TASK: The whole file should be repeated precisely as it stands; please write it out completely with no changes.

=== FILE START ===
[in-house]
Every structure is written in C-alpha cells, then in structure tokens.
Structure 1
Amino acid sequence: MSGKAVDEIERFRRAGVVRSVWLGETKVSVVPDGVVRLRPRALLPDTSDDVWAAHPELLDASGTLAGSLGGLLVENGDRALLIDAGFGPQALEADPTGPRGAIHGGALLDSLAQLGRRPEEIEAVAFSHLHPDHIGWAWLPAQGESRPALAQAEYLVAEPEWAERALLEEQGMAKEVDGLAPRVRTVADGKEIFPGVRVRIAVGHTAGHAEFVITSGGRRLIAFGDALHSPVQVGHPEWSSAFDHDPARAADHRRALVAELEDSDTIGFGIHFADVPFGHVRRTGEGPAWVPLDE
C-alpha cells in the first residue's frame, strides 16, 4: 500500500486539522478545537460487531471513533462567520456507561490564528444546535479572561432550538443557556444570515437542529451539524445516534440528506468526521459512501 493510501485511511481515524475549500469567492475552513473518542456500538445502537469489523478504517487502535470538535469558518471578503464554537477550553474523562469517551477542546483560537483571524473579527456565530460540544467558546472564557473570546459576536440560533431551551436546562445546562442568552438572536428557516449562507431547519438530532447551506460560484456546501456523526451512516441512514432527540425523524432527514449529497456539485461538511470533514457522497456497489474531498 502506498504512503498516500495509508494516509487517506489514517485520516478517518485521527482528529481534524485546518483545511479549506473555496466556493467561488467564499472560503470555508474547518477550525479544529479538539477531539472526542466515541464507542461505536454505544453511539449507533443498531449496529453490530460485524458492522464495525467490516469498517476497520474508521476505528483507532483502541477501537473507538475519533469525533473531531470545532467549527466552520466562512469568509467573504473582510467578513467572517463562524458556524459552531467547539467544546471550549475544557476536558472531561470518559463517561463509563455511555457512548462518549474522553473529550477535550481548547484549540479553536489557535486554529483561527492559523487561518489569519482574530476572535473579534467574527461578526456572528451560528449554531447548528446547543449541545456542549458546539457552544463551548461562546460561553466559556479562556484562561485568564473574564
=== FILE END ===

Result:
[in-house]
Every structure is written in C-alpha cells, then in structure tokens.
Structure 1
Amino acid sequence: MSGKAVDEIERFRRAGVVRSVWLGETKVSVVPDGVVRLRPRALLPDTSDDVWAAHPELLDASGTLAGSLGGLLVENGDRALLIDAGFGPQALEADPTGPRGAIHGGALLDSLAQLGRRPEEIEAVAFSHLHPDHIGWAWLPAQGESRPALAQAEYLVAEPEWAERALLEEQGMAKEVDGLAPRVRTVADGKEIFPGVRVRIAVGHTAGHAEFVITSGGRRLIAFGDALHSPVQVGHPEWSSAFDHDPARAADHRRALVAELEDSDTIGFGIHFADVPFGHVRRTGEGPAWVPLDE
C-alpha cells in the first residue's frame, strides 16, 4: 500500500486539522478545537460487531471513533462567520456507561490564528444546535479572561432550538443557556444570515437542529451539524445516534440528506468526521459512501 493510501485511511481515524475549500469567492475552513473518542456500538445502537469489523478504517487502535470538535469558518471578503464554537477550553474523562469517551477542546483560537483571524473579527456565530460540544467558546472564557473570546459576536440560533431551551436546562445546562442568552438572536428557516449562507431547519438530532447551506460560484456546501456523526451512516441512514432527540425523524432527514449529497456539485461538511470533514457522497456497489474531498 502506498504512503498516500495509508494516509487517506489514517485520516478517518485521527482528529481534524485546518483545511479549506473555496466556493467561488467564499472560503470555508474547518477550525479544529479538539477531539472526542466515541464507542461505536454505544453511539449507533443498531449496529453490530460485524458492522464495525467490516469498517476497520474508521476505528483507532483502541477501537473507538475519533469525533473531531470545532467549527466552520466562512469568509467573504473582510467578513467572517463562524458556524459552531467547539467544546471550549475544557476536558472531561470518559463517561463509563455511555457512548462518549474522553473529550477535550481548547484549540479553536489557535486554529483561527492559523487561518489569519482574530476572535473579534467574527461578526456572528451560528449554531447548528446547543449541545456542549458546539457552544463551548461562546460561553466559556479562556484562561485568564473574564